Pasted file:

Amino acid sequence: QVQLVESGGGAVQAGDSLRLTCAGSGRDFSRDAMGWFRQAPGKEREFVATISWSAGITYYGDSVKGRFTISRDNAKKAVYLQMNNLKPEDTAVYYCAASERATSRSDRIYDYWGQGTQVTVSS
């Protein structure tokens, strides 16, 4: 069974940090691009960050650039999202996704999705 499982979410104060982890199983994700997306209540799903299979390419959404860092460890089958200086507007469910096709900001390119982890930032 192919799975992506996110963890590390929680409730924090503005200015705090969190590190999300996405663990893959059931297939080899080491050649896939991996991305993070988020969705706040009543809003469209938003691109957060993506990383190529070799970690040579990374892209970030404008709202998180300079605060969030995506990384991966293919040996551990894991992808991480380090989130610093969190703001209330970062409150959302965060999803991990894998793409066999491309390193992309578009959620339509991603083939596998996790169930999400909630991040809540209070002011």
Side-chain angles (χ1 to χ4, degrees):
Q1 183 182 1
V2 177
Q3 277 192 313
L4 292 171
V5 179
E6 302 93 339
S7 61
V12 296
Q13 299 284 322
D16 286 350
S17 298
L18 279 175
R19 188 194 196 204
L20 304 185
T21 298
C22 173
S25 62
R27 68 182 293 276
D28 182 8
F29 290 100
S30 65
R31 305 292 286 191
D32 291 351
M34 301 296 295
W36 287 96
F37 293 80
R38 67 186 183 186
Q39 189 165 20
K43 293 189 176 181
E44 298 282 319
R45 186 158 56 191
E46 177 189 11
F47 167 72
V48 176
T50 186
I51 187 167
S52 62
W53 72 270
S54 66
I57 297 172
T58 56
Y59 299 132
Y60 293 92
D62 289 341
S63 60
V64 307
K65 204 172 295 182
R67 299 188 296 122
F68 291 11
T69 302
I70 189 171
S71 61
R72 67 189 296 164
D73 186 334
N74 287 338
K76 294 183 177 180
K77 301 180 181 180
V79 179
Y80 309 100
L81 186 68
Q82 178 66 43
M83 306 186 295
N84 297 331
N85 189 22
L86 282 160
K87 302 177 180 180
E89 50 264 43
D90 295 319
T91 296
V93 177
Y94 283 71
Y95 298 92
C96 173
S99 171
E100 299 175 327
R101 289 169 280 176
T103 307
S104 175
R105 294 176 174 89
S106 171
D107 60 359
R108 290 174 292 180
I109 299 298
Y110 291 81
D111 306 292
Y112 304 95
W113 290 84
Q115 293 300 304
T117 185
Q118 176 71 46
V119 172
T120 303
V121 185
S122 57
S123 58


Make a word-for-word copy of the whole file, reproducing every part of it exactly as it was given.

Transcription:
Amino acid sequence: QVQLVESGGGAVQAGDSLRLTCAGSGRDFSRDAMGWFRQAPGKEREFVATISWSAGITYYGDSVKGRFTISRDNAKKAVYLQMNNLKPEDTAVYYCAASERATSRSDRIYDYWGQGTQVTVSS
């Protein structure tokens, strides 16, 4: 069974940090691009960050650039999202996704999705 499982979410104060982890199983994700997306209540799903299979390419959404860092460890089958200086507007469910096709900001390119982890930032 192919799975992506996110963890590390929680409730924090503005200015705090969190590190999300996405663990893959059931297939080899080491050649896939991996991305993070988020969705706040009543809003469209938003691109957060993506990383190529070799970690040579990374892209970030404008709202998180300079605060969030995506990384991966293919040996551990894991992808991480380090989130610093969190703001209330970062409150959302965060999803991990894998793409066999491309390193992309578009959620339509991603083939596998996790169930999400909630991040809540209070002011």
Side-chain angles (χ1 to χ4, degrees):
Q1 183 182 1
V2 177
Q3 277 192 313
L4 292 171
V5 179
E6 302 93 339
S7 61
V12 296
Q13 299 284 322
D16 286 350
S17 298
L18 279 175
R19 188 194 196 204
L20 304 185
T21 298
C22 173
S25 62
R27 68 182 293 276
D28 182 8
F29 290 100
S30 65
R31 305 292 286 191
D32 291 351
M34 301 296 295
W36 287 96
F37 293 80
R38 67 186 183 186
Q39 189 165 20
K43 293 189 176 181
E44 298 282 319
R45 186 158 56 191
E46 177 189 11
F47 167 72
V48 176
T50 186
I51 187 167
S52 62
W53 72 270
S54 66
I57 297 172
T58 56
Y59 299 132
Y60 293 92
D62 289 341
S63 60
V64 307
K65 204 172 295 182
R67 299 188 296 122
F68 291 11
T69 302
I70 189 171
S71 61
R72 67 189 296 164
D73 186 334
N74 287 338
K76 294 183 177 180
K77 301 180 181 180
V79 179
Y80 309 100
L81 186 68
Q82 178 66 43
M83 306 186 295
N84 297 331
N85 189 22
L86 282 160
K87 302 177 180 180
E89 50 264 43
D90 295 319
T91 296
V93 177
Y94 283 71
Y95 298 92
C96 173
S99 171
E100 299 175 327
R101 289 169 280 176
T103 307
S104 175
R105 294 176 174 89
S106 171
D107 60 359
R108 290 174 292 180
I109 299 298
Y110 291 81
D111 306 292
Y112 304 95
W113 290 84
Q115 293 300 304
T117 185
Q118 176 71 46
V119 172
T120 303
V121 185
S122 57
S123 58